Parents sometimes provide money to children to help with education, buying a home, or starting a business. That money can be an outright gift that no one ever expects to be repaid or accounted for. Other times, the money can be a loan to the child or it can be an advance on the future inheritance.
Dealing with Loans at death
If an outstanding loan is possible or expected at the time of your death, you can address it in your Will in one of three ways:
- Forgive the debt, which means that it disappears without affecting your estate in any way. Even if you plan to forgive the loan, there may be advantages to formalizing the loan as you will see below.
- Demand repayment of the loan. You might do this if the amount of the loan is a large part of your estate and the money is needed to provide an inheritance to other beneficiaries
- Require the amount of the debt be deducted from the debtor’s share of your estate and then forgiven. You might do this if the amount of the loan is relatively small but you want to be fair to other beneficiaries who weren’t lent money.
If you have given money to a beneficiary with the expectation that the amount is an advance of the beneficiary’s inheritance, then you would require the amount of the advance be deducted from the beneficiary’s share of your estate. If this is your intention, then make sure you keep careful records of any amounts advanced to your beneficiaries.
Example of formalizing a gift as a loan
Calvin and Penny have one son, Howie, Instead of leaving money as an inheritance, Penny would like to give Howie some of his inheritance now and put the money towards the down payment down on his first home to get him started in life.
Upon some advice from his financial advisor, Calvin and Penny decided they would formalize the gift as a loan even though they intended to forgive the loan.
A couple of years later this proved to be a great strategy because Howie started dating Melanie and very quickly, Melanie moved in with Howie as they started to fall in love fast. Unfortunately, their relationship did not work out and things got pretty ugly. Melinda decided she wanted to take Howie for everything he was worth including the house. The good news is the original down payment was borrowed money (as per the promisary note) and there was no question that Calvin and Penny would get their money back before the house and other assets were split.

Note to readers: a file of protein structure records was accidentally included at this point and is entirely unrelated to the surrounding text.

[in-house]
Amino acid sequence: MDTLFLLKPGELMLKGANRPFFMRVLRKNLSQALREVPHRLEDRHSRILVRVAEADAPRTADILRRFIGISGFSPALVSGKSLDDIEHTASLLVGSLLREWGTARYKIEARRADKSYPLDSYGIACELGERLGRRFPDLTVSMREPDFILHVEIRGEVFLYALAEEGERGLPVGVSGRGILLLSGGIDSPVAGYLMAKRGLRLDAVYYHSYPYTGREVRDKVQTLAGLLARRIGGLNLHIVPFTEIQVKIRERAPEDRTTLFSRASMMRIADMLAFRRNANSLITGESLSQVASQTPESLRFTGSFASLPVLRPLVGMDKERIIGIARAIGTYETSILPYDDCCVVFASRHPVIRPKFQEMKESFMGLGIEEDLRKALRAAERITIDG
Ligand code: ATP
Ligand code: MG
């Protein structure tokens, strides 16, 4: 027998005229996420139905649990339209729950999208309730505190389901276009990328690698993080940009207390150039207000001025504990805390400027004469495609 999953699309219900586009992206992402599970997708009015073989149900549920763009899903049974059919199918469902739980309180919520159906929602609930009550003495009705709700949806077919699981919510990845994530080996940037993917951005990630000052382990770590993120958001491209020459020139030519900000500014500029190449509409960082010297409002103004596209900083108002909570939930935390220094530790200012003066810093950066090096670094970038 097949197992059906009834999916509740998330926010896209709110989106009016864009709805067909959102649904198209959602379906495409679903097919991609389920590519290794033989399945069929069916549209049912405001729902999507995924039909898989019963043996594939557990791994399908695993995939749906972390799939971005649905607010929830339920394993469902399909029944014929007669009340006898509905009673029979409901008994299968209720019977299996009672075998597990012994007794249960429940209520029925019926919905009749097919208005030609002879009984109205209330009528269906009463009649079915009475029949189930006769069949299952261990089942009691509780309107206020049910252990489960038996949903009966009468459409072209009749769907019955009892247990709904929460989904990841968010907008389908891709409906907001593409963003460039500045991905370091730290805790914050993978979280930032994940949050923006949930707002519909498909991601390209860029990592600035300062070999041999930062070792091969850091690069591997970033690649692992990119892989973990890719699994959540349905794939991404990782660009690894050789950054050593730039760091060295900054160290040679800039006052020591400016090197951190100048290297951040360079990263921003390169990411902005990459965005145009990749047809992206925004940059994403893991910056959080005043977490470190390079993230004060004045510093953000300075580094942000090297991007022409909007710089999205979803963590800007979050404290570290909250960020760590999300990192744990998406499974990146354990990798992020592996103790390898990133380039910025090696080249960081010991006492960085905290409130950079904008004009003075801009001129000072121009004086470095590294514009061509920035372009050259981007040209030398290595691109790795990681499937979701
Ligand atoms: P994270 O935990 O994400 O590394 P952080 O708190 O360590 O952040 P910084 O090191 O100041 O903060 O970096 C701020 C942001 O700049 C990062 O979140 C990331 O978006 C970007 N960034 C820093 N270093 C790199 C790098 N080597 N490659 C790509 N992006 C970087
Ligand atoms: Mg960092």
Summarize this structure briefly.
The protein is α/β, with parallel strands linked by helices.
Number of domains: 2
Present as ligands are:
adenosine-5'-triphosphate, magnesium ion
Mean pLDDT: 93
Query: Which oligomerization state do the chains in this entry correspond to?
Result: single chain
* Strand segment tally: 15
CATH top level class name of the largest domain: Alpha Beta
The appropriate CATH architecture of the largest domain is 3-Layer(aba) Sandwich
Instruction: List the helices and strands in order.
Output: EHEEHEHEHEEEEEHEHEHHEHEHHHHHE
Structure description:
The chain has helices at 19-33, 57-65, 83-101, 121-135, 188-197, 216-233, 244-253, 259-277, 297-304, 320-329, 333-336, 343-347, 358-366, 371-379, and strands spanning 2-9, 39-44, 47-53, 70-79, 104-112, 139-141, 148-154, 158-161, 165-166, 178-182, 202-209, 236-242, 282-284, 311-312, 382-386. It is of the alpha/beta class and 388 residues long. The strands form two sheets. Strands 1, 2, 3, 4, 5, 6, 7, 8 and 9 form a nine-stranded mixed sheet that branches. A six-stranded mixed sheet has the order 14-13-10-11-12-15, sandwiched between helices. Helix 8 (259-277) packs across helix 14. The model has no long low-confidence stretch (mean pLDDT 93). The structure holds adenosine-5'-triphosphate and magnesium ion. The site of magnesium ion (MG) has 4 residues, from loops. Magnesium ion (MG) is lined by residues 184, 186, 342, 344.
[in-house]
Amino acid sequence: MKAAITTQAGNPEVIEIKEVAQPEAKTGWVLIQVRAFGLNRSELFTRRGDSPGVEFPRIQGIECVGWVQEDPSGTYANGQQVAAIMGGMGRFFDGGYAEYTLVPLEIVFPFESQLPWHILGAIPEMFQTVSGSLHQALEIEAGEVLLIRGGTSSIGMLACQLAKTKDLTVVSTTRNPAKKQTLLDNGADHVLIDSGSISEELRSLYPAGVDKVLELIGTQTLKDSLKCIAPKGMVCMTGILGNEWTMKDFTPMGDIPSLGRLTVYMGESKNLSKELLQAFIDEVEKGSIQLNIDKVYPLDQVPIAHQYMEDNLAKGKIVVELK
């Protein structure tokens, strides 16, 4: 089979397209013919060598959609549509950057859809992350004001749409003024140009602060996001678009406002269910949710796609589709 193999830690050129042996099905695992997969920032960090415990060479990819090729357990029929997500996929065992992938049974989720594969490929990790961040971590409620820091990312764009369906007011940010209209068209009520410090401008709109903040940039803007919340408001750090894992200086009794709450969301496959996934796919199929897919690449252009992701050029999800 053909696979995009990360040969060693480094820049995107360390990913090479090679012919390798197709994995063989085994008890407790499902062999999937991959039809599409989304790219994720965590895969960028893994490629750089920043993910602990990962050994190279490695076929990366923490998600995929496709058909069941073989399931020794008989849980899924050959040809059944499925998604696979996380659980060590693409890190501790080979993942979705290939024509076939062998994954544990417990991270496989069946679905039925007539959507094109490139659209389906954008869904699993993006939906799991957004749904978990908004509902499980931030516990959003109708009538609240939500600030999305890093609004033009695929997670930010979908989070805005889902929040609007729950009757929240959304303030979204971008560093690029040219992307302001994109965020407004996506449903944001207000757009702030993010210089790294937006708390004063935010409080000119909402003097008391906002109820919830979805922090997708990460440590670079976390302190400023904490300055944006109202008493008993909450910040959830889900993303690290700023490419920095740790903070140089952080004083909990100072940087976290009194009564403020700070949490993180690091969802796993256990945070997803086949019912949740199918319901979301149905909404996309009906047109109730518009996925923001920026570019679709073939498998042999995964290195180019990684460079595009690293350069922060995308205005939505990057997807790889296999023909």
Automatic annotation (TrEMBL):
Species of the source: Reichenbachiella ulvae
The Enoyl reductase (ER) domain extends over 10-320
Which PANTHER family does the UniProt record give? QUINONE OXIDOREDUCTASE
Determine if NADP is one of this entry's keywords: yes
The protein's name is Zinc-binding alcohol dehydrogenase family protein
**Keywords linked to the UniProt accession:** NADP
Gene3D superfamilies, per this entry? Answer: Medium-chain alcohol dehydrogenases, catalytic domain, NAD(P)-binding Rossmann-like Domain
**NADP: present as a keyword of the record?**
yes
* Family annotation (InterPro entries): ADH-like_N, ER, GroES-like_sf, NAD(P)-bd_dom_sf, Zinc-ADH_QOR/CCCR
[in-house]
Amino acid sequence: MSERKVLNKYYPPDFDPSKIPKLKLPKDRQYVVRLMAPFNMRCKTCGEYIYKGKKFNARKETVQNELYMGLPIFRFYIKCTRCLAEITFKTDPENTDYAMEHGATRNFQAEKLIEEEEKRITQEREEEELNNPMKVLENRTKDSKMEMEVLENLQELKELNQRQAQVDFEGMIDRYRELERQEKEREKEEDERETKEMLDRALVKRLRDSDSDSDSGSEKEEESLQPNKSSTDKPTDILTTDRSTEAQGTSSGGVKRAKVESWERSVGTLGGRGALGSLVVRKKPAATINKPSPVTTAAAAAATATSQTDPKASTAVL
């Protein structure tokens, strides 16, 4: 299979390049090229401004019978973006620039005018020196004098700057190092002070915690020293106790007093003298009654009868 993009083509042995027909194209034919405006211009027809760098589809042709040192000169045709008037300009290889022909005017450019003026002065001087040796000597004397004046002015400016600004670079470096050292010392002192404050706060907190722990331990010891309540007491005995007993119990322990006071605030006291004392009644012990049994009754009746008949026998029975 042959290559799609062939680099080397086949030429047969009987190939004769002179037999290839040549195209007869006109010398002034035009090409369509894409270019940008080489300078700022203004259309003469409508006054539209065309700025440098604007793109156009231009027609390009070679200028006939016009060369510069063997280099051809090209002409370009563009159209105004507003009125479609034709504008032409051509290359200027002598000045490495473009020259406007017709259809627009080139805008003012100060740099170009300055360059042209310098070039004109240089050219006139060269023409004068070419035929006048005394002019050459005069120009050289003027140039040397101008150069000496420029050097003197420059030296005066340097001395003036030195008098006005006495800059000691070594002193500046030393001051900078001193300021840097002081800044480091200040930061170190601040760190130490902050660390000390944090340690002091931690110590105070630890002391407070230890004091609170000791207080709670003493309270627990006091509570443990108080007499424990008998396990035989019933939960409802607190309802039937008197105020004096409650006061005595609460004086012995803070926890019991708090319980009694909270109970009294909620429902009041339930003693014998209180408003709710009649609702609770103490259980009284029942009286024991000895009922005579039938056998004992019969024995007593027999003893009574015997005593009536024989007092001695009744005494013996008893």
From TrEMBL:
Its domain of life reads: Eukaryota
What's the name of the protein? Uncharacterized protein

Good Estate Planning: Equalizing the estate
Rod and Lara have three adult children. Two children are financially independent. One child, Melody, is 34 years old and lives apart from her parents, but always seems to be short of money.
Melody has been many things in her life: a university student (to be a marine biologist), waitress, dance instructor (modern dance is her true love), retail clerk, dance studio owner, and homeowner (she was settling down). Melody has now returned to being a dance instructor.
Melody’s parents paid $16,000 for her uncompleted education, loaned her $40,000 for the dance studio, loaned her $80,000 to buy a house, and have given her money often to help pay her bills. The house was sold to pay the dance studio’s debts. Melody has outstanding balances on her credit cards, bank loans, and car loan. Melody has never repaid any money to her parents.
Now contemplating their estate planning, Rod and Lara would like to divide their estate equally between their children. However, they recognize that Melody has already been given much more financial support than their other two children.
In their Wills, the couple account for their support for Melody by:
- ignoring the money paid for her education, since they paid for the education of their other children, too
- ignoring the cash gifts, since they did not keep track of them
- deducting the amount of any outstanding loans owing by Melody from her share of the estate and then forgiving the loans, and
- treating any future cash gifts to Melody as advances of her share of the estate.
Of course, Melody’s share of her parents’ estate will be held in trust for her.
Often loans within families are treated informally but as you can see, there are merits to formalizing loans even if it’s family.